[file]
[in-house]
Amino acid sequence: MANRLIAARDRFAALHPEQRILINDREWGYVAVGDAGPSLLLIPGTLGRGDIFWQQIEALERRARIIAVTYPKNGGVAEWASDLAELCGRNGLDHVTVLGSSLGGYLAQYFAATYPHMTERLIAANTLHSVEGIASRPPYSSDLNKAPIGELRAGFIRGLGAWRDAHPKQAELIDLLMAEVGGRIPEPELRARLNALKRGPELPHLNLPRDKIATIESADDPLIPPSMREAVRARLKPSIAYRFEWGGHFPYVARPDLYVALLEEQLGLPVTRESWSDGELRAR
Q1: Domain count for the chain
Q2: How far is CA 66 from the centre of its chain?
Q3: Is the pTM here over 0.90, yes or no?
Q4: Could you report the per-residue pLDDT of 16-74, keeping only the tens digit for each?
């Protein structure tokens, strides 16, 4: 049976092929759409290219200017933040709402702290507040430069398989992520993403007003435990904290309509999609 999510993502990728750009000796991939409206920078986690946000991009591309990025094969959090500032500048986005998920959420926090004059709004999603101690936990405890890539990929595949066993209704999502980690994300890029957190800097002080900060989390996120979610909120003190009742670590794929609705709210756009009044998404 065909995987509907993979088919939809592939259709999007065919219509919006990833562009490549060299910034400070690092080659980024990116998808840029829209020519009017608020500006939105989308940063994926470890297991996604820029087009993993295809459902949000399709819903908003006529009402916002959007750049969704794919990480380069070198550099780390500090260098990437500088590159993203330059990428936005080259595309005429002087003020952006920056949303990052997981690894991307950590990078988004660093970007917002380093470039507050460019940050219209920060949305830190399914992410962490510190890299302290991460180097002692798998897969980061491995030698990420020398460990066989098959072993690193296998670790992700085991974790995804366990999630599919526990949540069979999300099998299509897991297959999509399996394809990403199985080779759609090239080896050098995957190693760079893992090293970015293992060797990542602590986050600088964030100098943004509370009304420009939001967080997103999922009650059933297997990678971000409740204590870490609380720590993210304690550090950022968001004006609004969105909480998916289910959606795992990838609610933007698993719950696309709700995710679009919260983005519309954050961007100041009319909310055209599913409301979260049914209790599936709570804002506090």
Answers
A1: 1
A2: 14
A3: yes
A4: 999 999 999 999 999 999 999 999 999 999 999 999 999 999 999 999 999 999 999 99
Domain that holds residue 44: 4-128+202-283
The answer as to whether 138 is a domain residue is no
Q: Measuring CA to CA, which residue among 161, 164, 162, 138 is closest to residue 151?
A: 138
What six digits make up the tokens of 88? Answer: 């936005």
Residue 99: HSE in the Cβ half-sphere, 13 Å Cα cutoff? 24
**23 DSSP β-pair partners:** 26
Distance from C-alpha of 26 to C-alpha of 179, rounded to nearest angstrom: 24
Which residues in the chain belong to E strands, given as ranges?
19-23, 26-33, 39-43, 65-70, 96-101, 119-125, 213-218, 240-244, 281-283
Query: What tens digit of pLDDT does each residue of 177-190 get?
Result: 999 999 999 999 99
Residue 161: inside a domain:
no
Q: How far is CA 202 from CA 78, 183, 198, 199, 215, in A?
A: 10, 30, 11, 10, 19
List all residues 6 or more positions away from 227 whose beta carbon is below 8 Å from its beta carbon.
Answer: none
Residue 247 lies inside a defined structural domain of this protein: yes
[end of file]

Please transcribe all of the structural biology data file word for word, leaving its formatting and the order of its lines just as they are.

[in-house]
Amino acid sequence: MANRLIAARDRFAALHPEQRILINDREWGYVAVGDAGPSLLLIPGTLGRGDIFWQQIEALERRARIIAVTYPKNGGVAEWASDLAELCGRNGLDHVTVLGSSLGGYLAQYFAATYPHMTERLIAANTLHSVEGIASRPPYSSDLNKAPIGELRAGFIRGLGAWRDAHPKQAELIDLLMAEVGGRIPEPELRARLNALKRGPELPHLNLPRDKIATIESADDPLIPPSMREAVRARLKPSIAYRFEWGGHFPYVARPDLYVALLEEQLGLPVTRESWSDGELRAR
Q1: Domain count for the chain
Q2: How far is CA 66 from the centre of its chain?
Q3: Is the pTM here over 0.90, yes or no?
Q4: Could you report the per-residue pLDDT of 16-74, keeping only the tens digit for each?
């Protein structure tokens, strides 16, 4: 049976092929759409290219200017933040709402702290507040430069398989992520993403007003435990904290309509999609 999510993502990728750009000796991939409206920078986690946000991009591309990025094969959090500032500048986005998920959420926090004059709004999603101690936990405890890539990929595949066993209704999502980690994300890029957190800097002080900060989390996120979610909120003190009742670590794929609705709210756009009044998404 065909995987509907993979088919939809592939259709999007065919219509919006990833562009490549060299910034400070690092080659980024990116998808840029829209020519009017608020500006939105989308940063994926470890297991996604820029087009993993295809459902949000399709819903908003006529009402916002959007750049969704794919990480380069070198550099780390500090260098990437500088590159993203330059990428936005080259595309005429002087003020952006920056949303990052997981690894991307950590990078988004660093970007917002380093470039507050460019940050219209920060949305830190399914992410962490510190890299302290991460180097002692798998897969980061491995030698990420020398460990066989098959072993690193296998670790992700085991974790995804366990999630599919526990949540069979999300099998299509897991297959999509399996394809990403199985080779759609090239080896050098995957190693760079893992090293970015293992060797990542602590986050600088964030100098943004509370009304420009939001967080997103999922009650059933297997990678971000409740204590870490609380720590993210304690550090950022968001004006609004969105909480998916289910959606795992990838609610933007698993719950696309709700995710679009919260983005519309954050961007100041009319909310055209599913409301979260049914209790599936709570804002506090």
Answers
A1: 1
A2: 14
A3: yes
A4: 999 999 999 999 999 999 999 999 999 999 999 999 999 999 999 999 999 999 999 99
Domain that holds residue 44: 4-128+202-283
The answer as to whether 138 is a domain residue is no
Q: Measuring CA to CA, which residue among 161, 164, 162, 138 is closest to residue 151?
A: 138
What six digits make up the tokens of 88? Answer: 């936005």
Residue 99: HSE in the Cβ half-sphere, 13 Å Cα cutoff? 24
**23 DSSP β-pair partners:** 26
Distance from C-alpha of 26 to C-alpha of 179, rounded to nearest angstrom: 24
Which residues in the chain belong to E strands, given as ranges?
19-23, 26-33, 39-43, 65-70, 96-101, 119-125, 213-218, 240-244, 281-283
Query: What tens digit of pLDDT does each residue of 177-190 get?
Result: 999 999 999 999 99
Residue 161: inside a domain:
no
Q: How far is CA 202 from CA 78, 183, 198, 199, 215, in A?
A: 10, 30, 11, 10, 19
List all residues 6 or more positions away from 227 whose beta carbon is below 8 Å from its beta carbon.
Answer: none
Residue 247 lies inside a defined structural domain of this protein: yes